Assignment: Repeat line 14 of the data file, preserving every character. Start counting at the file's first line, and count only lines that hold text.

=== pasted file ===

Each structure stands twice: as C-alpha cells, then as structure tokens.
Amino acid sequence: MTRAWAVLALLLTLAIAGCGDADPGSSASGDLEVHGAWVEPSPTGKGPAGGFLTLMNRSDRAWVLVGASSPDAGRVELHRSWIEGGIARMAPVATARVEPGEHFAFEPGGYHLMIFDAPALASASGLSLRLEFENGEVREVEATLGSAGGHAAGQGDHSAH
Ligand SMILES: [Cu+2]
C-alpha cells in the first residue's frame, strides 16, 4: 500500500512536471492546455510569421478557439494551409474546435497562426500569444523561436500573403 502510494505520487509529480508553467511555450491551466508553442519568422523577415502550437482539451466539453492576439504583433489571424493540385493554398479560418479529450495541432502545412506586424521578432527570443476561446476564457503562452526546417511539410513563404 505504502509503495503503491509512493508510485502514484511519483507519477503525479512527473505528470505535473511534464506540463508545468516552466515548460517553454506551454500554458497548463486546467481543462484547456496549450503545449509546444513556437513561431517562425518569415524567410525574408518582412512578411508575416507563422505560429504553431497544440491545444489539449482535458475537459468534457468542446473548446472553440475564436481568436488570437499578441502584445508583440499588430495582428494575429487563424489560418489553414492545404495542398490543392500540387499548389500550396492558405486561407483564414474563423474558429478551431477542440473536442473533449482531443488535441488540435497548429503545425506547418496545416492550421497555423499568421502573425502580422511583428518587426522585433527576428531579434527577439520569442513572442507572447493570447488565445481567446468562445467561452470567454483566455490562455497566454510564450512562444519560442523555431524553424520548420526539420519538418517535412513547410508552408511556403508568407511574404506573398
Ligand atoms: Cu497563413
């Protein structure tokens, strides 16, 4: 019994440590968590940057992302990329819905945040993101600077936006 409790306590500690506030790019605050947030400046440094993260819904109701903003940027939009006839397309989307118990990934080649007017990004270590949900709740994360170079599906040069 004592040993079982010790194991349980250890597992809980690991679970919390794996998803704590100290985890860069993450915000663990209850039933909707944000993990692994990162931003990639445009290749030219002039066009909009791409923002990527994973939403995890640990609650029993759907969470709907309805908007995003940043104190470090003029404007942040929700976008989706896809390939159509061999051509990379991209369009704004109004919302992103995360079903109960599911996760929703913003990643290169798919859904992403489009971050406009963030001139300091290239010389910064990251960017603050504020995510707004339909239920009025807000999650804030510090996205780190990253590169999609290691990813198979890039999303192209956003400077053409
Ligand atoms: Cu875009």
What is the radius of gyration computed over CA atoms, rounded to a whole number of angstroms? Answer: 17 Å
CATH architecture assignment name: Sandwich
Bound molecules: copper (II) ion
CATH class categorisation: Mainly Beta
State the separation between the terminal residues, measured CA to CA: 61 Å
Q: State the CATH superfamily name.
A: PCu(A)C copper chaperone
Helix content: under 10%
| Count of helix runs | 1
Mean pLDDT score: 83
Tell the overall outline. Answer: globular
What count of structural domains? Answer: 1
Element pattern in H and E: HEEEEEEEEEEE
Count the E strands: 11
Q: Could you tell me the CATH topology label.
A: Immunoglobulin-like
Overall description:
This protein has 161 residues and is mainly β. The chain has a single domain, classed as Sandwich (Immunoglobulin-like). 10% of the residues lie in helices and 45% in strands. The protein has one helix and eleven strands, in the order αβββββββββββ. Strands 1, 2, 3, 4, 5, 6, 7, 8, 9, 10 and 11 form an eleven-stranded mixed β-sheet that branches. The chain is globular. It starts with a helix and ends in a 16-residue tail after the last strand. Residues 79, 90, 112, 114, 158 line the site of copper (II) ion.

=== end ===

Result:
A: PCu(A)C copper chaperone